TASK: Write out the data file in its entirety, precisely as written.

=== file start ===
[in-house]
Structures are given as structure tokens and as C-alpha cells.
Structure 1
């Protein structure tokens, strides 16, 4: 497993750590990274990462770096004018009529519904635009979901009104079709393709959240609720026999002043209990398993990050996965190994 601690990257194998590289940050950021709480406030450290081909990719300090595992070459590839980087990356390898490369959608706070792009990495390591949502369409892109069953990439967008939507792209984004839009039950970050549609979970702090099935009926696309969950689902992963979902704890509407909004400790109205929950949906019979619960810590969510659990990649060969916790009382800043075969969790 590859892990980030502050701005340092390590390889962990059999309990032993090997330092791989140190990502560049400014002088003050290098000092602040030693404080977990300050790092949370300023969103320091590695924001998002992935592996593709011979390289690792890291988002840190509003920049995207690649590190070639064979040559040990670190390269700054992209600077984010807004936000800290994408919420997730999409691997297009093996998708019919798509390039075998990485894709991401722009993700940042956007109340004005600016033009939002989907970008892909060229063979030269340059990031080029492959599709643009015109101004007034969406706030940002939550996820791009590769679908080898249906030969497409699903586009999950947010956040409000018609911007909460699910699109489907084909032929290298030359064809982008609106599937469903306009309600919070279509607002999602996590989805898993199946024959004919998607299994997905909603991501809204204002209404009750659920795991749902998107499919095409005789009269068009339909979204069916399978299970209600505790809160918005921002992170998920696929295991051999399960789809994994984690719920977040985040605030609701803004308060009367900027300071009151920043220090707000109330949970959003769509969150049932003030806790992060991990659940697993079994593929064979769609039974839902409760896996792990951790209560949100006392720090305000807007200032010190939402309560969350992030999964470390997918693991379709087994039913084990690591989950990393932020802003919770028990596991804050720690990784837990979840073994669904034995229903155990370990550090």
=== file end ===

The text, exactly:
[in-house]
Structures are given as structure tokens and as C-alpha cells.
Structure 1
């Protein structure tokens, strides 16, 4: 497993750590990274990462770096004018009529519904635009979901009104079709393709959240609720026999002043209990398993990050996965190994 601690990257194998590289940050950021709480406030450290081909990719300090595992070459590839980087990356390898490369959608706070792009990495390591949502369409892109069953990439967008939507792209984004839009039950970050549609979970702090099935009926696309969950689902992963979902704890509407909004400790109205929950949906019979619960810590969510659990990649060969916790009382800043075969969790 590859892990980030502050701005340092390590390889962990059999309990032993090997330092791989140190990502560049400014002088003050290098000092602040030693404080977990300050790092949370300023969103320091590695924001998002992935592996593709011979390289690792890291988002840190509003920049995207690649590190070639064979040559040990670190390269700054992209600077984010807004936000800290994408919420997730999409691997297009093996998708019919798509390039075998990485894709991401722009993700940042956007109340004005600016033009939002989907970008892909060229063979030269340059990031080029492959599709643009015109101004007034969406706030940002939550996820791009590769679908080898249906030969497409699903586009999950947010956040409000018609911007909460699910699109489907084909032929290298030359064809982008609106599937469903306009309600919070279509607002999602996590989805898993199946024959004919998607299994997905909603991501809204204002209404009750659920795991749902998107499919095409005789009269068009339909979204069916399978299970209600505790809160918005921002992170998920696929295991051999399960789809994994984690719920977040985040605030609701803004308060009367900027300071009151920043220090707000109330949970959003769509969150049932003030806790992060991990659940697993079994593929064979769609039974839902409760896996792990951790209560949100006392720090305000807007200032010190939402309560969350992030999964470390997918693991379709087994039913084990690591989950990393932020802003919770028990596991804050720690990784837990979840073994669904034995229903155990370990550090």